The above diagram depicts a shift in the demand curve due to change in the independent variables. Let us go back to our old demand function Q_{D petrol} = 18 – 1.50P_{petrol} + 0.05 I +0.15 P_{BT } – 0.01 P_{automobile. } Taking our old values if income is Rs 75000, the equation is Q_{D petrol} = 23.50 – 1.50P_{petrol. } Now assuming that income increases by Rs.1000, the equation becomes, 28.80 – 1.50P_{petrol. } This represents the new demand curve. With an increase in income the demand curve shifts upward and the quantity demanded increases by 5.30 (gap between the bold and dotted lines) at every price point on the curve. For every price point on the new demand curve the quantity demanded has increased by 5.30 compared to the same price point on the old curve. This gap remains constant at every price point on the axis and therefore the demand curves are parallel to each other.
Similarly for a decrease in income, the demand curve shifts downwards and the quantity demanded decreases by an X amount for every price point on the curve.
Similarly for a decrease in income, the demand curve shifts downwards and the quantity demanded decreases by an X amount for every price point on the curve.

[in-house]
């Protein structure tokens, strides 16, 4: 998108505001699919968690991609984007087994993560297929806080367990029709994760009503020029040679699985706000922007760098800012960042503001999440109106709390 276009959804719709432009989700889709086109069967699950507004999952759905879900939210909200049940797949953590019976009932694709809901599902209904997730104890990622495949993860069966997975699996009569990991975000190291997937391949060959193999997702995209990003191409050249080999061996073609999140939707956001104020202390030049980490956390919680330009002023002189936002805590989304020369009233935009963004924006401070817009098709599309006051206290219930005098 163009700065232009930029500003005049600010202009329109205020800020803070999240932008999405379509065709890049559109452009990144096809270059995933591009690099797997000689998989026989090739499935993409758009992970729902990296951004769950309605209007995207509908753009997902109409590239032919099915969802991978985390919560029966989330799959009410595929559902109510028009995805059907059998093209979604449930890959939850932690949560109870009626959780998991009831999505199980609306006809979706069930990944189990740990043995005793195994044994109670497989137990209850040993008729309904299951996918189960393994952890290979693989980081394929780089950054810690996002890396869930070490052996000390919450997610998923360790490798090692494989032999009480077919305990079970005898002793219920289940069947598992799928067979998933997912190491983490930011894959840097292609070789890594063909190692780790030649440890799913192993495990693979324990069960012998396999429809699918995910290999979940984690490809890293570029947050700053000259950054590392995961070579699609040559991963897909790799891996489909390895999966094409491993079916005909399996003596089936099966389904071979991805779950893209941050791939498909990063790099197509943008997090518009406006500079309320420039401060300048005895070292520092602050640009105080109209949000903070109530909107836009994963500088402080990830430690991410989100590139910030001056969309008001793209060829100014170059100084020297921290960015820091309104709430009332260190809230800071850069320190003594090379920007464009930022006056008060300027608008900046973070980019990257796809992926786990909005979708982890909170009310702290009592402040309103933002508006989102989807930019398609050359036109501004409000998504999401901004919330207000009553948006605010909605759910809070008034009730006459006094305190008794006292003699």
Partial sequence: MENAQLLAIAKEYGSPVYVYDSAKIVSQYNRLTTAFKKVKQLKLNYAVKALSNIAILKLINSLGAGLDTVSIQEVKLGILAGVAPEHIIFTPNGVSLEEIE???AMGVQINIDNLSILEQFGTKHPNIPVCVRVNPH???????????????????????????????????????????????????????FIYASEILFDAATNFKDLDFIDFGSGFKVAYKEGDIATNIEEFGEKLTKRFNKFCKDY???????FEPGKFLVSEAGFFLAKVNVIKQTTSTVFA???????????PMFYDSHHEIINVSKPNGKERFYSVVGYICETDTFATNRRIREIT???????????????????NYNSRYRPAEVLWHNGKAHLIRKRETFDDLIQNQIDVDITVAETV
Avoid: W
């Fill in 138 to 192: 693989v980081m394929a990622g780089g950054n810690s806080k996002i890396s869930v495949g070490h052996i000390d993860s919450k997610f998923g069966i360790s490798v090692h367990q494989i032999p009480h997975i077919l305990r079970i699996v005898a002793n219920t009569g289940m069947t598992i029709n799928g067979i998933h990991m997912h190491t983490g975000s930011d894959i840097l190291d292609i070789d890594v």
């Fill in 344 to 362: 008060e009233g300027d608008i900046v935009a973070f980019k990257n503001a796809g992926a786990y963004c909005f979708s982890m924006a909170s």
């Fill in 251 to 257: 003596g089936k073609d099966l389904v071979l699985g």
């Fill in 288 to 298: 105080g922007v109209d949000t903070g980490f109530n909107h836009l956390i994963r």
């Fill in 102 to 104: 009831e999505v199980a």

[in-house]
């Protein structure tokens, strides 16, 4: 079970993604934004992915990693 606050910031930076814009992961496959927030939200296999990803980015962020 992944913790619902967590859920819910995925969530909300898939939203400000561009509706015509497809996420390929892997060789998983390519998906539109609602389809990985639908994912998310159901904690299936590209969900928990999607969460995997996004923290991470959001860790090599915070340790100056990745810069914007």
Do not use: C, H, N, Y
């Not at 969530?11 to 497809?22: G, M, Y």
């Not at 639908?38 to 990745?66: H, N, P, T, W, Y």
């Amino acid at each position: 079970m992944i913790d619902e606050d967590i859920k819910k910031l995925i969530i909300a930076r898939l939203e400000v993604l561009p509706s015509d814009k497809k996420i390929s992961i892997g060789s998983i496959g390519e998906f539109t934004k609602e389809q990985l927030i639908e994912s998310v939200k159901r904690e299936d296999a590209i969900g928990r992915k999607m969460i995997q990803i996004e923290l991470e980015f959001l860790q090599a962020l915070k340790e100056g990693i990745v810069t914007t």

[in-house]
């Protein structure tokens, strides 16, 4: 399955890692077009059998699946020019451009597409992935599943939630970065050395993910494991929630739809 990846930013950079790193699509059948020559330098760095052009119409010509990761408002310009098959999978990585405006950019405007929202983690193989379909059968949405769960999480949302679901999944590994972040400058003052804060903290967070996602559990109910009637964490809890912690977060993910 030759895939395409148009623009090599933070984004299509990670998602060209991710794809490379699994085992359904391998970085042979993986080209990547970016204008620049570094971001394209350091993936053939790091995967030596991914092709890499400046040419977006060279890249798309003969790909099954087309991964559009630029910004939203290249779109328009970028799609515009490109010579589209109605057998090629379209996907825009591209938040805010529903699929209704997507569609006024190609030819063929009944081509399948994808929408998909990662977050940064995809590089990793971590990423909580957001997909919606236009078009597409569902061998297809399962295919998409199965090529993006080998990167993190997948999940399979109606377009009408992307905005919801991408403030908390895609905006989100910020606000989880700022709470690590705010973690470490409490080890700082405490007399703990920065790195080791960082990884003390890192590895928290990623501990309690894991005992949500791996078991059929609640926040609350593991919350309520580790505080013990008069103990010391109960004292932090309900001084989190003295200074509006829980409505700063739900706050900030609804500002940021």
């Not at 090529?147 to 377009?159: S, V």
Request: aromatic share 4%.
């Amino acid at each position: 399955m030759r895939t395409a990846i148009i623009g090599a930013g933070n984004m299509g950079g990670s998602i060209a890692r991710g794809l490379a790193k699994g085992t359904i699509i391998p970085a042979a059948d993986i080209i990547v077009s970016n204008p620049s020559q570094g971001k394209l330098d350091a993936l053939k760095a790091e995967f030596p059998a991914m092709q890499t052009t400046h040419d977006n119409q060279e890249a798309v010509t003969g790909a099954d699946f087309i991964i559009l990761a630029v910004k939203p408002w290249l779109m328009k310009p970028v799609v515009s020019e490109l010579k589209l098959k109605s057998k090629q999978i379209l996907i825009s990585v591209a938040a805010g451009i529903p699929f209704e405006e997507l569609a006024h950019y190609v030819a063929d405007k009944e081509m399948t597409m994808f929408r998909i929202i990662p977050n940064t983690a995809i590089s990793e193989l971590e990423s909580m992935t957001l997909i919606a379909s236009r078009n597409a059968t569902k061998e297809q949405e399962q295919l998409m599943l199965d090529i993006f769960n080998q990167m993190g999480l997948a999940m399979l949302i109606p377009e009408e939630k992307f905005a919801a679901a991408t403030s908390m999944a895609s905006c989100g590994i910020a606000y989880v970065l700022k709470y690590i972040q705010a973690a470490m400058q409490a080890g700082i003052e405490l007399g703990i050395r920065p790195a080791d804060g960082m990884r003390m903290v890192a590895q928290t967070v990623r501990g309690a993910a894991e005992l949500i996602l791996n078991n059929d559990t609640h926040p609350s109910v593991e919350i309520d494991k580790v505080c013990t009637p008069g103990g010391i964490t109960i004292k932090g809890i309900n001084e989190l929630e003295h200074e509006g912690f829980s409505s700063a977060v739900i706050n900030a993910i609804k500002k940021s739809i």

From the above diagram it can be seen that a change in the independent variables causes a complete shift in the original supply curve. Therefore with an increase in wages the supply curve shifts downward and the quantity supplied decreases by an X amount (gap between the bold and dotted lines) at every price point on the curve. Similarly for a decrease in wages, the supply curve shifts upwards and the quantity supplied increases by an X amount for every price point on the curve.
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That’s all in this post …..Thanks for reading….watch out for the next post where we would learn about equilibrium price and quantity & stable and unstable equilibrium…
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For solved examples please refer to the CFA Institute Books or any other study notes that provide them and you may want to use. The problems can be easily solved using the CFA institute approved financial calculators. Please refer to the CFA exam policy and CFA calculator guide.
To be continued….